Performance issue due to function as an argument

using LinearAlgebra, InteractiveUtils, BenchmarkTools

function process_matrix(f, matrix, vectors)
    N, M, L = size(matrix)
    #coefficients = map(f, vectors)
    #coefficients = [ones(Float64, 4, 4) * norm(v) for v in vectors]
    ret = zeros(ComplexF64, L, L)
    for i in 1:L, j in 1:L
        for k in 1:N
            for a in 1:M, b in 1:M
                ret[i, j] = coefficients[k][a, b] * matrix[k, a, i] * matrix[k, b, j]
            end
        end
    end

    return ret
end

function _f(v)
    return ones(Float64, 4, 4) * norm(v)
end

N = 6000
M = 4
L = 12
vectors = [rand(2) for _ in 1:N]
matrix = rand(ComplexF64, N, M, L)

@btime process_matrix(_f, matrix, vectors)

With this script, I get 3.014 s (81778660 allocations: 2.04 GiB) if I uncomment the first comment (defining coefficients) and 22.304 ms (12003 allocations: 2.25 MiB) if I uncomment the second comment.

It seems the two definitions of coefficients should be the same, and both versions do not show type instability from @code_warntype. What is causing the huge performance difference?

EDIT: While this (and the many helpful additions from everyone below) answers the original question, as to what causes the issue, a (in my opinion) nicer and more maintainable way to improve the performance of the code is to add a function barrier, as described further below.

Looks like it’s related to these exceptions that disable specialization of methods to a new argument type signature
https://docs.julialang.org/en/v1/manual/performance-tips/#Be-aware-of-when-Julia-avoids-specializing

Changing the function definition to this should work:

function process_matrix(f::F, matrix, vectors) where F<:Function

the where F <: Function is optional and could just be where F, but it makes it clearer that f should be a function in my opinion.

PS: Also note that the function arguments in a @btime call should be interpolated, as shown here: Manual · BenchmarkTools.jl

6 Likes

@Sevi seems on the right track here. I found a funny alternative: If you simply call f once within process_matrix then the performance difference disappears completely: the call to f forces specialization but later on gets eliminated by the compiler and does not occur in the final code :smile:

function process_matrix(f, matrix, vectors)
    N, M, L = size(matrix)
    f(vectors[1]) # call f once to force specialization - see Sevi's answer
    coefficients = map(f, vectors)
    #coefficients = [ones(Float64, 4, 4) * norm(v) for v in vectors]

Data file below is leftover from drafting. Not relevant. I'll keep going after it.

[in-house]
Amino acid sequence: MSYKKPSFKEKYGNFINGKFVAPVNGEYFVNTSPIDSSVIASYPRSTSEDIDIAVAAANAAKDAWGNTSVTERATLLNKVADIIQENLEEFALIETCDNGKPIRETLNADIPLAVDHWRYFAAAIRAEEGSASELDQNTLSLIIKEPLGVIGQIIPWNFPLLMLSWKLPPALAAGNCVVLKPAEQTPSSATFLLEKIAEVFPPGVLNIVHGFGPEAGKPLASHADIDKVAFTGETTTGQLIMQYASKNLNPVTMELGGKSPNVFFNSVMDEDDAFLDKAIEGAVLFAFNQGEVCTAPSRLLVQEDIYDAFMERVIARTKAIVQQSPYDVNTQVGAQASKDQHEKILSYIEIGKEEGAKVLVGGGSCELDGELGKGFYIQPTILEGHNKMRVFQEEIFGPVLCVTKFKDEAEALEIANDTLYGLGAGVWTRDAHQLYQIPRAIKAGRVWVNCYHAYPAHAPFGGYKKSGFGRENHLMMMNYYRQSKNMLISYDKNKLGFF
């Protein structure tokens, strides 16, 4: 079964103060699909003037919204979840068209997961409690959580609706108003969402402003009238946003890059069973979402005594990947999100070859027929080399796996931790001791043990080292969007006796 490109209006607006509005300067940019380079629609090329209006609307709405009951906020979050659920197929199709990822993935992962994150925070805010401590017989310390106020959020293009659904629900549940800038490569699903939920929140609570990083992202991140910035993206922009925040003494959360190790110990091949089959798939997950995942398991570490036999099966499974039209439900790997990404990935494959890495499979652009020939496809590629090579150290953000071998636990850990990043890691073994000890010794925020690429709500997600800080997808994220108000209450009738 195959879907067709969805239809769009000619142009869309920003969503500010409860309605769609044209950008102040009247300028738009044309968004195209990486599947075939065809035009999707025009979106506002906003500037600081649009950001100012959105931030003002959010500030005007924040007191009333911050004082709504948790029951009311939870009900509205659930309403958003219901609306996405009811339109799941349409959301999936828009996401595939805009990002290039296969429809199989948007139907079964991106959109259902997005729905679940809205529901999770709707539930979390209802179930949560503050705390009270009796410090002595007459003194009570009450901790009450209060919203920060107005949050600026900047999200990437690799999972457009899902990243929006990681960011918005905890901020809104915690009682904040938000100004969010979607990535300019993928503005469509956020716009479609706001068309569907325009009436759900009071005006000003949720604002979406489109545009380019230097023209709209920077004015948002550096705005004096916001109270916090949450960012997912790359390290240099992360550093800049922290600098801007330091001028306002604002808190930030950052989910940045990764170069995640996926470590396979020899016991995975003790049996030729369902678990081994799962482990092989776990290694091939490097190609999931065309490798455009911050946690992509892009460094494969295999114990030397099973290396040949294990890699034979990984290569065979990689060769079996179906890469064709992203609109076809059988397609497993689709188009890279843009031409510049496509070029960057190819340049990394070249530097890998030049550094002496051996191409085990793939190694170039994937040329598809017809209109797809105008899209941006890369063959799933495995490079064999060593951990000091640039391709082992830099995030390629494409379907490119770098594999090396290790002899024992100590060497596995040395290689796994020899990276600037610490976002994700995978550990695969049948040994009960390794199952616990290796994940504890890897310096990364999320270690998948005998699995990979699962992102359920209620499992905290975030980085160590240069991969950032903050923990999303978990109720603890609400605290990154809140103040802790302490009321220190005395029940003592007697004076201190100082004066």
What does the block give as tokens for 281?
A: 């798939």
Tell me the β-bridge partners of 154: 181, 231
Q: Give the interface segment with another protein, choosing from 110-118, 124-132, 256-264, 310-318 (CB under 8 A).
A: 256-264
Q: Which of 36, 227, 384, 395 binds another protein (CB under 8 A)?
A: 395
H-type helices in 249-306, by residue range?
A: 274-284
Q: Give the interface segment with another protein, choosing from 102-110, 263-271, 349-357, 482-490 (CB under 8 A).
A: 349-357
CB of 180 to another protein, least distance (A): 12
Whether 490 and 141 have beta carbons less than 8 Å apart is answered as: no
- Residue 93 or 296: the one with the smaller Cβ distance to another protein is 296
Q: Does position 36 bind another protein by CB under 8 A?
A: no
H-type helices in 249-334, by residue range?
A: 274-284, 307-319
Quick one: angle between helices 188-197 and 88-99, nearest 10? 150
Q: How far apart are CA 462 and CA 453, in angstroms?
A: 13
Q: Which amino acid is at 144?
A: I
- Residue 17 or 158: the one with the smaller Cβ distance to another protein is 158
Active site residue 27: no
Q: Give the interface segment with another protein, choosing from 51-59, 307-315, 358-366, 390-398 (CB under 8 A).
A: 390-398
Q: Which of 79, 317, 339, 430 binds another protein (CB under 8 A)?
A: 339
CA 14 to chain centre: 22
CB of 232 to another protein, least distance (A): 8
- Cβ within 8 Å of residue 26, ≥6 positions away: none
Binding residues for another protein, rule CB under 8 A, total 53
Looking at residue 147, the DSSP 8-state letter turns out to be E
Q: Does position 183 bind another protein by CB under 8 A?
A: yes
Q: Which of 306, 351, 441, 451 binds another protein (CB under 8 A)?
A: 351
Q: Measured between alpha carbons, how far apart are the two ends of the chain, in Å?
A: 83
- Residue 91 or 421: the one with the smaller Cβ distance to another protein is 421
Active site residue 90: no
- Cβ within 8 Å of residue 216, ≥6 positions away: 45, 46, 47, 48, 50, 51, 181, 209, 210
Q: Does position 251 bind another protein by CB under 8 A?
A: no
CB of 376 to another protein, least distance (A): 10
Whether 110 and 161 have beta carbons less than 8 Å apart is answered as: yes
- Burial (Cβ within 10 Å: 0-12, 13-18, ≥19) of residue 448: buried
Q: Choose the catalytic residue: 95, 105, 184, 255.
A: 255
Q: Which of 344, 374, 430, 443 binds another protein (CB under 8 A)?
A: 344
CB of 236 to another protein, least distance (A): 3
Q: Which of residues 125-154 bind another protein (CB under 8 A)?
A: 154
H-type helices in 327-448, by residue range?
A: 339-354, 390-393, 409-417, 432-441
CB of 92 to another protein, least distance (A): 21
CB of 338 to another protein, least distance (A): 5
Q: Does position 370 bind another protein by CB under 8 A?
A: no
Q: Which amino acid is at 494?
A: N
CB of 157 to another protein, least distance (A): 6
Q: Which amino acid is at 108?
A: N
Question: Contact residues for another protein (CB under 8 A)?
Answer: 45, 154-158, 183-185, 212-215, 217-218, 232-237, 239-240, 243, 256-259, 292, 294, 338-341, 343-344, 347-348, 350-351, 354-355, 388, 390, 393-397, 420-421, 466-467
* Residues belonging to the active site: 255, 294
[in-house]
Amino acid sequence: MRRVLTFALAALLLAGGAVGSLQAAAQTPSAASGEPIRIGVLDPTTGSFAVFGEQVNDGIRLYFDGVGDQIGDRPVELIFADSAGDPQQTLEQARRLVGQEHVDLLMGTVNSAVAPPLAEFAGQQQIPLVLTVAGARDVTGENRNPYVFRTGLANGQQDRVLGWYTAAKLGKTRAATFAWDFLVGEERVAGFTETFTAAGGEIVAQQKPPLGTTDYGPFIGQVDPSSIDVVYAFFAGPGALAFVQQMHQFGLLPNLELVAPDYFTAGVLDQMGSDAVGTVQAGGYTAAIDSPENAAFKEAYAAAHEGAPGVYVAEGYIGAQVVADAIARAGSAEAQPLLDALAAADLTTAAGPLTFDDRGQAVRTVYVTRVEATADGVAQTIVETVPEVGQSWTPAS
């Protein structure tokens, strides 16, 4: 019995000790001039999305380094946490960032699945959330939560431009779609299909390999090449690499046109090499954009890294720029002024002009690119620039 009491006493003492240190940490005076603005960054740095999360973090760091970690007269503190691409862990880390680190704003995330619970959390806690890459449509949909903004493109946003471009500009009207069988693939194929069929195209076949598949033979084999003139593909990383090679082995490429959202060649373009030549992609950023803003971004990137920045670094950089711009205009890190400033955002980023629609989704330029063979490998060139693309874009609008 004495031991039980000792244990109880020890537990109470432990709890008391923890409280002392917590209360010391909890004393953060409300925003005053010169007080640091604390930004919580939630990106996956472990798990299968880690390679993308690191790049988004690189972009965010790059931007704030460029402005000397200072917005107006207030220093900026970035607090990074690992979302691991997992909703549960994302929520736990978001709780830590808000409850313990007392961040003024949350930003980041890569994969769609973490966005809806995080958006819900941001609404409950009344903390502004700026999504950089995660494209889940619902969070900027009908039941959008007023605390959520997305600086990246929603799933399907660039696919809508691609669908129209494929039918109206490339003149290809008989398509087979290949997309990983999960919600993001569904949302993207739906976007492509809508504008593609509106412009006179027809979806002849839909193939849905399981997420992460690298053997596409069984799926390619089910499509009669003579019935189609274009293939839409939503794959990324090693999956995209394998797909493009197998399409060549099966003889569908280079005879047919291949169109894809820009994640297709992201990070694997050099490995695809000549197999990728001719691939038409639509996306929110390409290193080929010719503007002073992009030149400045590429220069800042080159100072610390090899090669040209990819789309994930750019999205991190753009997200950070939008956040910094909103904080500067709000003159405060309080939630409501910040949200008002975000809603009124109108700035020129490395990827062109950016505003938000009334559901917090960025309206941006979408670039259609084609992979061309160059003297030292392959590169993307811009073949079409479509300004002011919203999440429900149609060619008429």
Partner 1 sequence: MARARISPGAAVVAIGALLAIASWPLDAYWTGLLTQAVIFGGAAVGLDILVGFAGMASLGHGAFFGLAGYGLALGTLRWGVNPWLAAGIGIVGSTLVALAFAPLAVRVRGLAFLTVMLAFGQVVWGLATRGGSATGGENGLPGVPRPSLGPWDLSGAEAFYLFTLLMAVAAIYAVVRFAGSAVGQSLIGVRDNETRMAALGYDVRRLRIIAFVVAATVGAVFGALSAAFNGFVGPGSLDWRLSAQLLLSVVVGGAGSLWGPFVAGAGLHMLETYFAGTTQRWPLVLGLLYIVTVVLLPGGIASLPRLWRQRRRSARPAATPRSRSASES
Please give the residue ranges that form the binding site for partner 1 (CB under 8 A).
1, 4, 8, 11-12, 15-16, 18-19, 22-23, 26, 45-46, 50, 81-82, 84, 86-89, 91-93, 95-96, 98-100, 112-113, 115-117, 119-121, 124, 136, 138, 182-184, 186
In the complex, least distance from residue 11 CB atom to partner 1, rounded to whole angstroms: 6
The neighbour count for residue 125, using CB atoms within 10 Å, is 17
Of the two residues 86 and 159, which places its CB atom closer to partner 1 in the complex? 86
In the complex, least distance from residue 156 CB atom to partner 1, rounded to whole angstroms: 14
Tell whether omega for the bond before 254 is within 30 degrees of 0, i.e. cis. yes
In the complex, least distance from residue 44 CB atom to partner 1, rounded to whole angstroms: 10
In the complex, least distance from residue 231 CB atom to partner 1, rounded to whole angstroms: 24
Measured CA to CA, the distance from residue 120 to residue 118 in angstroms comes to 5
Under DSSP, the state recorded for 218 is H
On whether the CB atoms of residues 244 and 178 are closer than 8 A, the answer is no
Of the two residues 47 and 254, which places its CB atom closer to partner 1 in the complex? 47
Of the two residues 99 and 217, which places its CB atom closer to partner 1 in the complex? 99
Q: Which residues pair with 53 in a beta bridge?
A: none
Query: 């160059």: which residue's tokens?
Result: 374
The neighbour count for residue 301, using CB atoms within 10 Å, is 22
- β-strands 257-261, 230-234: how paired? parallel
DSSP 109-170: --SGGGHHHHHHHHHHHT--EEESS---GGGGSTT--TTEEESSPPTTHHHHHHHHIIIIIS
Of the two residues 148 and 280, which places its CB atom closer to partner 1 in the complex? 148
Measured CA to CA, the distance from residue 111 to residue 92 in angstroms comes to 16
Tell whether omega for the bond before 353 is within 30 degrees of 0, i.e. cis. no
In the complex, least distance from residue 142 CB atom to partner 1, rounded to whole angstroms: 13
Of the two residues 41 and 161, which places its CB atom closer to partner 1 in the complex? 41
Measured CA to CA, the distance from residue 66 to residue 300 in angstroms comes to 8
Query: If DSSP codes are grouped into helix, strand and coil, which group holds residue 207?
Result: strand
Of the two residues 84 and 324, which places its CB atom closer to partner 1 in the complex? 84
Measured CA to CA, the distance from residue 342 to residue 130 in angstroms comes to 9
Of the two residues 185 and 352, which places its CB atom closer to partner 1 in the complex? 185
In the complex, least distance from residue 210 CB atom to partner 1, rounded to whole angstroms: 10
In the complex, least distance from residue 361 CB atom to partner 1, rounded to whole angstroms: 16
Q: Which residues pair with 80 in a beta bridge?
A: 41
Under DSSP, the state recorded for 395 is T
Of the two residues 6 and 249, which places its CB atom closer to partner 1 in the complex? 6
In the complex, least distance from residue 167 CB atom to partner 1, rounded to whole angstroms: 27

ret = zeros(ComplexF64, L, L)
    for i in 1:L, j in 1:L
        for k in 1:N
            for a in 1:M, b in 1:M
                ret[i, j] = coefficients[k][a, b] * matrix[k, a, i] * matrix[k, b, j]
            end
        end
    end

    return ret
end

I was not aware that Julia has these special cases for specialization, so I definitely learned something. However I still wonder where the allocations/slowdown come from. @code_warntype produces identical results for versions but I have the feeling that it actually performs specialization that does not occur during a normal call. If this was the case, should it be considered a bug/an edge case of @code_warntype?

1 Like

@code_warntype at least historically (might have been fixed) forces specialization and so is a liar.
Cthulhu doesn’t do it wrong iirc.

3 Likes

That is new information for me, thanks! I feel this should be mentioned both in the Performance tips for @code_warntype and in the docstring of @code_warntype. Probably also with a reference to the (non-)specialization cases. I’ll open an issue and perhaps a PR to add these warnings+references to the docstring.

Honestly I find these special cases for specialization not great. It is mostly an optimization in some cases but will bite you if you are not aware (and I guess most people are not aware but could have the idea of abstracting behavior by using function arguments). However, @nospecialize also exists if you specifically want Julia to not specialize on something (or does that do something subtly different?). Wouldn’t it be much cleaner to say: We always specialize, if you don’t want that use @nospecialize? Instead of “well we usually specialize except for Function, Type and VarArg, except if that argument is used directly. If you don’t want that then you need to put a type-declaration, which is otherwise only used for dispatch reasons and never for performance reasons”. Seems quite convoluted to me but it is probably too late to change now.

2 Likes

Here is the issue #51415. I also tried replacing @code_warntype with @descend from Cthulhu.ljl but that got me the same results. I never used it before so i might have overlooked something but otherwise it seems that Cthulhu.jl also misses the non-specialization.

1 Like

Thank you.

A relevant question: the Julia manual says

As a heuristic, Julia avoids automatically specializing on argument type parameters in three specific cases: Type, Function, and Vararg. Julia will always specialize when the argument is used within the method, but not if the argument is just passed through to another function. This usually has no performance impact at runtime and improves compiler performance.

I don’t understand how this behavior ususally has no performance impact. Maybe someone can shed some light on this for me.

If the function is not used, but merely passed along to another function, then there is no value in specializing. And not specializing can save the compiler from producing lots of pointless specializations, hogging memory.

I think the optimization is well worth it, but it would be nice to fix the bug in the code introspection functions.

3 Likes

But with this reasoning there should be no performance difference in this case, no? After all, the function is just passed on to map. I think I don’t understand what

actually means.

@descend also seems to produce identical typed code for both version, and the types seem to be specialized in both:

Chulhu output

original process_matrix:

julia> @descend process_matrix(_f, matrix, vectors)
process_matrix(f, matrix, vectors) in Main at REPL[10]:1
 1 function process_matrix(f::typeof(_f), matrix::Array{ComplexF64, 3}, vectors::Vector{Vector{Float64}})::Matrix{ComplexF64}